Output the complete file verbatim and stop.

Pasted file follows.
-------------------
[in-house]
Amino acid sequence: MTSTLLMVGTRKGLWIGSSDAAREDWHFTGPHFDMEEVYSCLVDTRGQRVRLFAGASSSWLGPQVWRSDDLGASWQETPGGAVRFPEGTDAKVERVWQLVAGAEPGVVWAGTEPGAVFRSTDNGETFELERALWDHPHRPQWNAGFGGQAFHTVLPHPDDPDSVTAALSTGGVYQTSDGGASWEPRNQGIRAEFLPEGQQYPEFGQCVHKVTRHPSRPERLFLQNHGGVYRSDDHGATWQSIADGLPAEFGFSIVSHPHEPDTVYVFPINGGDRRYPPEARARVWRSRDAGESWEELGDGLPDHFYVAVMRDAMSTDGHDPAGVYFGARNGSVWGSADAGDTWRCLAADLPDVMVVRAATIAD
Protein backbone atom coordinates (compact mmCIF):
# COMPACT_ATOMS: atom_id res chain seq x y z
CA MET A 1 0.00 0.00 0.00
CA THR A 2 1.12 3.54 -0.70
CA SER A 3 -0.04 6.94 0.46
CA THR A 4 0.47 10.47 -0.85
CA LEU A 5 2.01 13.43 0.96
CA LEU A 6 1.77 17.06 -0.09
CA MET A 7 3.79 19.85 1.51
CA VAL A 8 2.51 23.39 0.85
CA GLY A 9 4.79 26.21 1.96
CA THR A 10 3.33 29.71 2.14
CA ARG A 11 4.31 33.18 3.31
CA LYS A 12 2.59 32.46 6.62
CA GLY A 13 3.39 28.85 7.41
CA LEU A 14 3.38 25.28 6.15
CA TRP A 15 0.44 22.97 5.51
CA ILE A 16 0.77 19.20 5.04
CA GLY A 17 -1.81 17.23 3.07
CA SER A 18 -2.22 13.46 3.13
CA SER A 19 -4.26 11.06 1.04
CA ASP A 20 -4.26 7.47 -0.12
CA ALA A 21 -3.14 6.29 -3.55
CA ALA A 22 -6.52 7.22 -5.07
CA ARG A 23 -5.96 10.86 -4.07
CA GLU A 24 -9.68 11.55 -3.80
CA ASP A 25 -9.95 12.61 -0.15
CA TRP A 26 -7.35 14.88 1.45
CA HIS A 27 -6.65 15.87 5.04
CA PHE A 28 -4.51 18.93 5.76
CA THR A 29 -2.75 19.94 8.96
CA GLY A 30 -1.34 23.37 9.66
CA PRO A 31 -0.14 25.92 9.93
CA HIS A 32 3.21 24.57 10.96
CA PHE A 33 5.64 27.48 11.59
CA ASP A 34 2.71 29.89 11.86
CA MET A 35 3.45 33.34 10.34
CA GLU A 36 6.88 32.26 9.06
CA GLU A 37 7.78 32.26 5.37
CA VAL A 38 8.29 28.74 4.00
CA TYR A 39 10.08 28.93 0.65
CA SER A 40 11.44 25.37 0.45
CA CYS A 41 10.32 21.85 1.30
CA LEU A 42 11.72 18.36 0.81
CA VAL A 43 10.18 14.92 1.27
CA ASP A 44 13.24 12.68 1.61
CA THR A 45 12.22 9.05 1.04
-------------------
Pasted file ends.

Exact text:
[in-house]
Amino acid sequence: MTSTLLMVGTRKGLWIGSSDAAREDWHFTGPHFDMEEVYSCLVDTRGQRVRLFAGASSSWLGPQVWRSDDLGASWQETPGGAVRFPEGTDAKVERVWQLVAGAEPGVVWAGTEPGAVFRSTDNGETFELERALWDHPHRPQWNAGFGGQAFHTVLPHPDDPDSVTAALSTGGVYQTSDGGASWEPRNQGIRAEFLPEGQQYPEFGQCVHKVTRHPSRPERLFLQNHGGVYRSDDHGATWQSIADGLPAEFGFSIVSHPHEPDTVYVFPINGGDRRYPPEARARVWRSRDAGESWEELGDGLPDHFYVAVMRDAMSTDGHDPAGVYFGARNGSVWGSADAGDTWRCLAADLPDVMVVRAATIAD
Protein backbone atom coordinates (compact mmCIF):
# COMPACT_ATOMS: atom_id res chain seq x y z
CA MET A 1 0.00 0.00 0.00
CA THR A 2 1.12 3.54 -0.70
CA SER A 3 -0.04 6.94 0.46
CA THR A 4 0.47 10.47 -0.85
CA LEU A 5 2.01 13.43 0.96
CA LEU A 6 1.77 17.06 -0.09
CA MET A 7 3.79 19.85 1.51
CA VAL A 8 2.51 23.39 0.85
CA GLY A 9 4.79 26.21 1.96
CA THR A 10 3.33 29.71 2.14
CA ARG A 11 4.31 33.18 3.31
CA LYS A 12 2.59 32.46 6.62
CA GLY A 13 3.39 28.85 7.41
CA LEU A 14 3.38 25.28 6.15
CA TRP A 15 0.44 22.97 5.51
CA ILE A 16 0.77 19.20 5.04
CA GLY A 17 -1.81 17.23 3.07
CA SER A 18 -2.22 13.46 3.13
CA SER A 19 -4.26 11.06 1.04
CA ASP A 20 -4.26 7.47 -0.12
CA ALA A 21 -3.14 6.29 -3.55
CA ALA A 22 -6.52 7.22 -5.07
CA ARG A 23 -5.96 10.86 -4.07
CA GLU A 24 -9.68 11.55 -3.80
CA ASP A 25 -9.95 12.61 -0.15
CA TRP A 26 -7.35 14.88 1.45
CA HIS A 27 -6.65 15.87 5.04
CA PHE A 28 -4.51 18.93 5.76
CA THR A 29 -2.75 19.94 8.96
CA GLY A 30 -1.34 23.37 9.66
CA PRO A 31 -0.14 25.92 9.93
CA HIS A 32 3.21 24.57 10.96
CA PHE A 33 5.64 27.48 11.59
CA ASP A 34 2.71 29.89 11.86
CA MET A 35 3.45 33.34 10.34
CA GLU A 36 6.88 32.26 9.06
CA GLU A 37 7.78 32.26 5.37
CA VAL A 38 8.29 28.74 4.00
CA TYR A 39 10.08 28.93 0.65
CA SER A 40 11.44 25.37 0.45
CA CYS A 41 10.32 21.85 1.30
CA LEU A 42 11.72 18.36 0.81
CA VAL A 43 10.18 14.92 1.27
CA ASP A 44 13.24 12.68 1.61
CA THR A 45 12.22 9.05 1.04